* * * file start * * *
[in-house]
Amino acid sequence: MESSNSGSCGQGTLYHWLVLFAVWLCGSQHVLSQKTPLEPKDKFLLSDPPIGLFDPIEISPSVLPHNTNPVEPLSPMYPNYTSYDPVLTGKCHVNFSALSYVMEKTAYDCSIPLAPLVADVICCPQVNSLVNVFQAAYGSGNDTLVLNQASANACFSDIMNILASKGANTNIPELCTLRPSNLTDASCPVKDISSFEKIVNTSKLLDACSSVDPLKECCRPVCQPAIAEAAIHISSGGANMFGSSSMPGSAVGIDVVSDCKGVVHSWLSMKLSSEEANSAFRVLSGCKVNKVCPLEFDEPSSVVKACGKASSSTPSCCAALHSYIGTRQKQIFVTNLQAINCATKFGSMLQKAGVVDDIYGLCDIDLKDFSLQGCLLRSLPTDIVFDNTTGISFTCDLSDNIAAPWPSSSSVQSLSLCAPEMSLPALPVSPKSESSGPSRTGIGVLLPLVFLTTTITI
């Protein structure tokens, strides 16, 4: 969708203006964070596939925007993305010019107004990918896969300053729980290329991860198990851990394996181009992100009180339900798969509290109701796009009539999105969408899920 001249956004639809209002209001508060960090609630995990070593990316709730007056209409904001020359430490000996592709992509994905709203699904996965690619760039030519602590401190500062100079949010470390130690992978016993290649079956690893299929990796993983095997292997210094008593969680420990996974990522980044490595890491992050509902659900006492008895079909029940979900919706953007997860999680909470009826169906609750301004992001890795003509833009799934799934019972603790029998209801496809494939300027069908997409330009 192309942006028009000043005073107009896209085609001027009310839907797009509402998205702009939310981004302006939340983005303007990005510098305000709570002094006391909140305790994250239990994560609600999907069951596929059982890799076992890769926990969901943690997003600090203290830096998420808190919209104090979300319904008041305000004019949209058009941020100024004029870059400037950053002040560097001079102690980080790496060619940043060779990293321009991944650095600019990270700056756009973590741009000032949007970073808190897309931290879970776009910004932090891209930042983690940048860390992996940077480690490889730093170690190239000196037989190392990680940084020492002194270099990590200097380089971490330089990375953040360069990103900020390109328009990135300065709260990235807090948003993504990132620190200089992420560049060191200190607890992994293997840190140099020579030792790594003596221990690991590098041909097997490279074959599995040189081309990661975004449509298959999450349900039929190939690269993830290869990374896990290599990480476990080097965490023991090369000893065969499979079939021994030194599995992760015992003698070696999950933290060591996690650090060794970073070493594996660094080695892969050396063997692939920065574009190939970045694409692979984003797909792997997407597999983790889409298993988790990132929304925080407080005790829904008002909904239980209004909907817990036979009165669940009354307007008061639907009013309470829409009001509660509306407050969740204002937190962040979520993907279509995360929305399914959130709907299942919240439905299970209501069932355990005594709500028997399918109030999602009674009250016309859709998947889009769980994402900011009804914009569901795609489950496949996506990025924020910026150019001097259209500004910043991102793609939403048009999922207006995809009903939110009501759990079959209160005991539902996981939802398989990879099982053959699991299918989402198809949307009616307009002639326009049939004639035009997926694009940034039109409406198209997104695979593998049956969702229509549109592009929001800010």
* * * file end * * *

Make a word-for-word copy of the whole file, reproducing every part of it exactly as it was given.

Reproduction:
[in-house]
Amino acid sequence: MESSNSGSCGQGTLYHWLVLFAVWLCGSQHVLSQKTPLEPKDKFLLSDPPIGLFDPIEISPSVLPHNTNPVEPLSPMYPNYTSYDPVLTGKCHVNFSALSYVMEKTAYDCSIPLAPLVADVICCPQVNSLVNVFQAAYGSGNDTLVLNQASANACFSDIMNILASKGANTNIPELCTLRPSNLTDASCPVKDISSFEKIVNTSKLLDACSSVDPLKECCRPVCQPAIAEAAIHISSGGANMFGSSSMPGSAVGIDVVSDCKGVVHSWLSMKLSSEEANSAFRVLSGCKVNKVCPLEFDEPSSVVKACGKASSSTPSCCAALHSYIGTRQKQIFVTNLQAINCATKFGSMLQKAGVVDDIYGLCDIDLKDFSLQGCLLRSLPTDIVFDNTTGISFTCDLSDNIAAPWPSSSSVQSLSLCAPEMSLPALPVSPKSESSGPSRTGIGVLLPLVFLTTTITI
């Protein structure tokens, strides 16, 4: 969708203006964070596939925007993305010019107004990918896969300053729980290329991860198990851990394996181009992100009180339900798969509290109701796009009539999105969408899920 001249956004639809209002209001508060960090609630995990070593990316709730007056209409904001020359430490000996592709992509994905709203699904996965690619760039030519602590401190500062100079949010470390130690992978016993290649079956690893299929990796993983095997292997210094008593969680420990996974990522980044490595890491992050509902659900006492008895079909029940979900919706953007997860999680909470009826169906609750301004992001890795003509833009799934799934019972603790029998209801496809494939300027069908997409330009 192309942006028009000043005073107009896209085609001027009310839907797009509402998205702009939310981004302006939340983005303007990005510098305000709570002094006391909140305790994250239990994560609600999907069951596929059982890799076992890769926990969901943690997003600090203290830096998420808190919209104090979300319904008041305000004019949209058009941020100024004029870059400037950053002040560097001079102690980080790496060619940043060779990293321009991944650095600019990270700056756009973590741009000032949007970073808190897309931290879970776009910004932090891209930042983690940048860390992996940077480690490889730093170690190239000196037989190392990680940084020492002194270099990590200097380089971490330089990375953040360069990103900020390109328009990135300065709260990235807090948003993504990132620190200089992420560049060191200190607890992994293997840190140099020579030792790594003596221990690991590098041909097997490279074959599995040189081309990661975004449509298959999450349900039929190939690269993830290869990374896990290599990480476990080097965490023991090369000893065969499979079939021994030194599995992760015992003698070696999950933290060591996690650090060794970073070493594996660094080695892969050396063997692939920065574009190939970045694409692979984003797909792997997407597999983790889409298993988790990132929304925080407080005790829904008002909904239980209004909907817990036979009165669940009354307007008061639907009013309470829409009001509660509306407050969740204002937190962040979520993907279509995360929305399914959130709907299942919240439905299970209501069932355990005594709500028997399918109030999602009674009250016309859709998947889009769980994402900011009804914009569901795609489950496949996506990025924020910026150019001097259209500004910043991102793609939403048009999922207006995809009903939110009501759990079959209160005991539902996981939802398989990879099982053959699991299918989402198809949307009616307009002639326009049939004639035009997926694009940034039109409406198209997104695979593998049956969702229509549109592009929001800010």